17 George Street, City Centre, Bath
17 George Street forms part of a Grade II late 18th century series of three terraced houses, now offices, situated at 16-18 George Street within the Bath City-Wide Conservation Area and World Heritage Site. It contributes to the terraced setting and appearance of the Grade II late 18th century terrace at 1-9 Edgar Buildings, with which it shares its elevated setting on the raised pavement, overlooking the northern entrance onto Milsom Street. No. 17 retains a light touch elevational treatment at ground floor more indicative of its historic function as a residential dwelling, with the later addition of a timber fascia (potentially post-1950 based on its absence from the Historic England listing description) and the painting of the existing door frame to match.
Proposed signage works would constitute an improvement to the existing signage already in situ. The existing stainless steel lettering on the fascia would be replaced with a mixture of bevelled timber signage and hand-gilded lettering, more in keeping with the traditional material qualities of the listed building, and the visual amenities of the conservation area.
The replacement of existing vinyls with inner-window gilding of a reduced scale and opacity is welcomed.
We support the replacement of the existing PPC aluminium hanging sign with a traditional-style hand-painted timber sign.
The fascia and main entranceway would be repainted in a more muted shade of blue, sympathetic to the softer colour palette of Bath’s streetscape, as dictated by the use of natural materials such as Bath stone ashlar. Where it is proposed to use a gloss paint, we express a preference for the use of a matte or eggshell finish to mitigate the potential of an overly shiny or reflective appearance in contrast with the building frontage.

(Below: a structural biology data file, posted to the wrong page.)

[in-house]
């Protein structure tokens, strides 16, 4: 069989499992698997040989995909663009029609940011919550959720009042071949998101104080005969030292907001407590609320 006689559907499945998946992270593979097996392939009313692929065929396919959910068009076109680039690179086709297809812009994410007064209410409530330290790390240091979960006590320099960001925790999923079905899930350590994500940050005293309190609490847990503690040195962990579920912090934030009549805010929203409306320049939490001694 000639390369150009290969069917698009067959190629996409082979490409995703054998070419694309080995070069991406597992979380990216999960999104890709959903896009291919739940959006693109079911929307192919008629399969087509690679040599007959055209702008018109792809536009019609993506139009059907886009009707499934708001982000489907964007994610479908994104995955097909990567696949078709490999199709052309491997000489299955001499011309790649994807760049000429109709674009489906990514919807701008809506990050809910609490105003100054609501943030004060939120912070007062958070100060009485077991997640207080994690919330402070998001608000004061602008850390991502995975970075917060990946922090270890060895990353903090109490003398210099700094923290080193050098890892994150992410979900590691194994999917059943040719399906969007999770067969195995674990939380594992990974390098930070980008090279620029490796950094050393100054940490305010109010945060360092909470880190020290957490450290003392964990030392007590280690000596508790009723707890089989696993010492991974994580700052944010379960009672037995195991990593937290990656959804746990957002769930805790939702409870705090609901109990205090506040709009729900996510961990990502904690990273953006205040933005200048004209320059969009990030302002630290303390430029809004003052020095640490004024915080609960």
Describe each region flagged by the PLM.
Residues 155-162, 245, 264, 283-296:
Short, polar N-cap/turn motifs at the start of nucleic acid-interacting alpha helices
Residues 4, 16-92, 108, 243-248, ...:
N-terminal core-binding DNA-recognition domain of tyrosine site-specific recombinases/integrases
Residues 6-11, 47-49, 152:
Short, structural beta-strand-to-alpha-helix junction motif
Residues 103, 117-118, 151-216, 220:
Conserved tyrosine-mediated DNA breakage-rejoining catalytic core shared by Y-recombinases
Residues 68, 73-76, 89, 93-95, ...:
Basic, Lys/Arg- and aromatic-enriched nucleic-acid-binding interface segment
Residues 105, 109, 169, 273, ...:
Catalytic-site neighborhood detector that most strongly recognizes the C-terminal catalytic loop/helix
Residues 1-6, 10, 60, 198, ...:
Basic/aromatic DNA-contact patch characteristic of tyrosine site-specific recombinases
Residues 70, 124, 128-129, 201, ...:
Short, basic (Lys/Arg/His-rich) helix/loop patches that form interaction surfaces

We acknowledge that the frontage as existing features spotlights, which as part of this application would be retained and repainted black in an attempt to mitigate their existing appearance. Bath city centre is characterised as an area of low level illumination with a distinctive dark skies night time character that connects the built centre with its rural landscape context. Where possible, we strongly encourage the reduction of external illumination to minimise light spill and the effects of over-illumination. We therefore recommend that this application considers the possibility of reducing the volume of lighting across the building frontage, if not removing it entirely, or alternatively could consider alternatives such as the use of warmer tone LEDS at lower illuminance levels to avoid an overly harsh or bright appearance.